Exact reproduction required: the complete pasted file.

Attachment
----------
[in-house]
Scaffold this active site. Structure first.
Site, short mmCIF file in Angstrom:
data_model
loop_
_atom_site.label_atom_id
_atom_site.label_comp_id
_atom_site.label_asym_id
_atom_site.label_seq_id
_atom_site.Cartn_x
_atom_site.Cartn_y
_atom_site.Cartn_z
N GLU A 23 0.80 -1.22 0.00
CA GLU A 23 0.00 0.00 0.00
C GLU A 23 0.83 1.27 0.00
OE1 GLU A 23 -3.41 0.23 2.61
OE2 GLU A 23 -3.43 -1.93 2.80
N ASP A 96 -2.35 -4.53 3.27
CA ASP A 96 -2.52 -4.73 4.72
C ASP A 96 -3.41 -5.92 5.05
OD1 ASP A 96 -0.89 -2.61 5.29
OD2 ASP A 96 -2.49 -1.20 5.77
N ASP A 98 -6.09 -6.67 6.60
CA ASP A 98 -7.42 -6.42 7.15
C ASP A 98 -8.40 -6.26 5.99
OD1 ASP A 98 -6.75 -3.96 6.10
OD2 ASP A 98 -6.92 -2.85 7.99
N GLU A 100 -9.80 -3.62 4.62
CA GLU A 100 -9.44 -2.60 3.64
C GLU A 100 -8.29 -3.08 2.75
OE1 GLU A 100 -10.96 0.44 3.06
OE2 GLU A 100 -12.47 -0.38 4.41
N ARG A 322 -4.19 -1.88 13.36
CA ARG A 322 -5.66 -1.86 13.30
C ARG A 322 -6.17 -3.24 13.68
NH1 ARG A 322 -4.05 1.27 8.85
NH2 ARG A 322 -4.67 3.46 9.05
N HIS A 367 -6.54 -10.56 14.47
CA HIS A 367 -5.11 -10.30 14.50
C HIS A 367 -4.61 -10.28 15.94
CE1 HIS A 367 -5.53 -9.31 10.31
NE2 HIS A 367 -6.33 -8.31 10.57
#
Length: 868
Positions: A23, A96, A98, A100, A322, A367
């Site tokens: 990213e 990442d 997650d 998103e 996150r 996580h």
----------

[in-house]
Scaffold this active site. Structure first.
Site, short mmCIF file in Angstrom:
data_model
loop_
_atom_site.label_atom_id
_atom_site.label_comp_id
_atom_site.label_asym_id
_atom_site.label_seq_id
_atom_site.Cartn_x
_atom_site.Cartn_y
_atom_site.Cartn_z
N GLU A 23 0.80 -1.22 0.00
CA GLU A 23 0.00 0.00 0.00
C GLU A 23 0.83 1.27 0.00
OE1 GLU A 23 -3.41 0.23 2.61
OE2 GLU A 23 -3.43 -1.93 2.80
N ASP A 96 -2.35 -4.53 3.27
CA ASP A 96 -2.52 -4.73 4.72
C ASP A 96 -3.41 -5.92 5.05
OD1 ASP A 96 -0.89 -2.61 5.29
OD2 ASP A 96 -2.49 -1.20 5.77
N ASP A 98 -6.09 -6.67 6.60
CA ASP A 98 -7.42 -6.42 7.15
C ASP A 98 -8.40 -6.26 5.99
OD1 ASP A 98 -6.75 -3.96 6.10
OD2 ASP A 98 -6.92 -2.85 7.99
N GLU A 100 -9.80 -3.62 4.62
CA GLU A 100 -9.44 -2.60 3.64
C GLU A 100 -8.29 -3.08 2.75
OE1 GLU A 100 -10.96 0.44 3.06
OE2 GLU A 100 -12.47 -0.38 4.41
N ARG A 322 -4.19 -1.88 13.36
CA ARG A 322 -5.66 -1.86 13.30
C ARG A 322 -6.17 -3.24 13.68
NH1 ARG A 322 -4.05 1.27 8.85
NH2 ARG A 322 -4.67 3.46 9.05
N HIS A 367 -6.54 -10.56 14.47
CA HIS A 367 -5.11 -10.30 14.50
C HIS A 367 -4.61 -10.28 15.94
CE1 HIS A 367 -5.53 -9.31 10.31
NE2 HIS A 367 -6.33 -8.31 10.57
#
Length: 868
Positions: A23, A96, A98, A100, A322, A367
């Site tokens: 990213e 990442d 997650d 998103e 996150r 996580h």